Vacheron Constantin is a member of the so-called “Holy Trinity” of fine watchmakers, and as such they produce some wildly expensive, ornate, and high end watches that are more interesting as reference points to study in order to gain a better understanding of the history of fine watchmaking itself than actual products that one might think about purchasing. But they’ve just released a pair of watches that seem to have immediately warmed the hearts of the enthusiast community, and while I’d hesitate to call them “tool watches,” they come with a unique backstory that puts them closer to that designation than, perhaps, any other watch made by a Trinity brand (feel free to add nominations from Patek Philippe and Audemars Piguet in the comments). And, as is the case with a lot of watches in this genre, that story starts with a pretty big mountain. Let’s take a look at the new Vacheron Constantin Overseas “Everest” Dual Time and Chronograph limited editions that are currently making news all over the watch world.
The easiest way to understand these watches is that they’re the product of an extremely clever brand ambassadorship with Cory Richards, a photographer and alpine adventurer who took a one-of-one Overseas Dual Time up Mount Everest in 2019 (unfortunately, Richards and his team failed to summit on that expedition due to inclement weather). That watch was made especially for Richards and his summit bid, which took him on a new route that had yet to be climbed, and made something of a splash on a press tour once it made it back a little closer to sea level.
The reason for the attention was, at least, two-fold: the watch was a unique piece worn by a modern adventurer doing something that was more than a little insane, and, as an Overseas, it’s a bit unusual. The Overseas is Vacheron’s high end luxury sports watch, comparable to the Royal Oak and Nautilus. It’s a “sports watch” in that it’s typically found on a bracelet and has the proportions and aesthetic that go hand in hand with watches in the genre, but even in steel, they’re clear cut luxury objects. This unique piece was made of titanium (with a tantalum bezel), which is a very different proposition for a watch like this, and it captured the attention of the slightly more luxe-averse side of the enthusiast contingent in a way that high priced sports watches from brands like VC rarely do.
Cut to late summer 2021, and this watch has reappeared on our Instagram feeds thanks to Vacheron Constantin’s fairly obvious decision to put the watch into production, limited though it may be. The watch seen here isn’t exactly the same as the Cory Richards watch that was actually custom made for him specifically, but it’s pretty close. The first key difference to point out is that we’re not talking about a single watch anymore – VC has added a chronograph to the “Everest” line, which is set apart by a titanium case, and bezel, and a gray dial with fine grain details. The chronograph runs on Vacheron’s 5200/2 caliber, which is their in-house column wheel chrono movement. It measures 42.5mm in diameter and is 13.7mm thick.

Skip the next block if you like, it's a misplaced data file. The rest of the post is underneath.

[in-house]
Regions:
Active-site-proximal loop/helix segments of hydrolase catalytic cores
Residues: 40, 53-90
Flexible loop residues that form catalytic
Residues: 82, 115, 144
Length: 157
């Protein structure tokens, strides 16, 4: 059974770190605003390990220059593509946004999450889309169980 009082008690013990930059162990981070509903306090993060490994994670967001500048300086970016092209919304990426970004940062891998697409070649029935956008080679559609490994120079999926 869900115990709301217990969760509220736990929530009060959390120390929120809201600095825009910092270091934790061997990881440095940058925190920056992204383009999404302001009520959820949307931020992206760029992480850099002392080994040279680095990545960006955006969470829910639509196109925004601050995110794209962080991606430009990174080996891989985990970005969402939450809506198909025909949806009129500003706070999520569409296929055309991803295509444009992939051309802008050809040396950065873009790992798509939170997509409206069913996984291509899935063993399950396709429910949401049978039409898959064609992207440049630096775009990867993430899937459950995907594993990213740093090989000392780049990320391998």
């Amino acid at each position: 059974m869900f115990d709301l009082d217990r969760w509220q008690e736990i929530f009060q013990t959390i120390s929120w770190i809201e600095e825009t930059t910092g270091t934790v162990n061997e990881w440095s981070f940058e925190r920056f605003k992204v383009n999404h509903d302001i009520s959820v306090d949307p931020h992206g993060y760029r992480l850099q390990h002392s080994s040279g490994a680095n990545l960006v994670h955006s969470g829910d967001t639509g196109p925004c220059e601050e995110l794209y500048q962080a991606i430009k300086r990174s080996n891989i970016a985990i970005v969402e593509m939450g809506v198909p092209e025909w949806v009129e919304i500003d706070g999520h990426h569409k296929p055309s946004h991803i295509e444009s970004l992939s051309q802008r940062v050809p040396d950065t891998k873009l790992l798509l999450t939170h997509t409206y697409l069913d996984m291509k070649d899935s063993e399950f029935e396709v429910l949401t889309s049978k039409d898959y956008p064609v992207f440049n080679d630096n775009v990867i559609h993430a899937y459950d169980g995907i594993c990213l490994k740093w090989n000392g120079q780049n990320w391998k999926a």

The Dual Time is a closer mimic of the Cory Richards watch, as it features the same complication and layout, but like the chronograph has foregone the tantalum bezel in favor of titanium. This watch is a bit smaller in each dimension, coming in at 41mm in diameter and 12.8mm thick, and has what in my own estimation is a more interesting and useful complication. You’ll find an AM/PM indicator at the 9:00 position, which is tied to the watch’s home time display (the orange hand). The 6:00 sub register is a date display, which is helpfully and intuitively linked to local time, which is ideal for travel.
Reports are surfacing on enthusiast forums that the limited run of these watches (150 of each) has already sold out, which could be because Vacheron was selling them discreetly to certain clients back in February. Let the record show, however, that these watches were priced at $37,000 for the Chronograph, and $31,300 for the Dual Time. Not exactly a value proposition on their own, but the unique piece did sell for over $100,000 in an auction with the proceeds going to the National Geographic Society. And with this watch now something of a hit, it stands to reason that VC might further develop the Overseas in titanium if there’s a demand for it, which could be an interesting alternative to the Royal Oak Offshores and Aquanauts of the world. Vacheron Constantin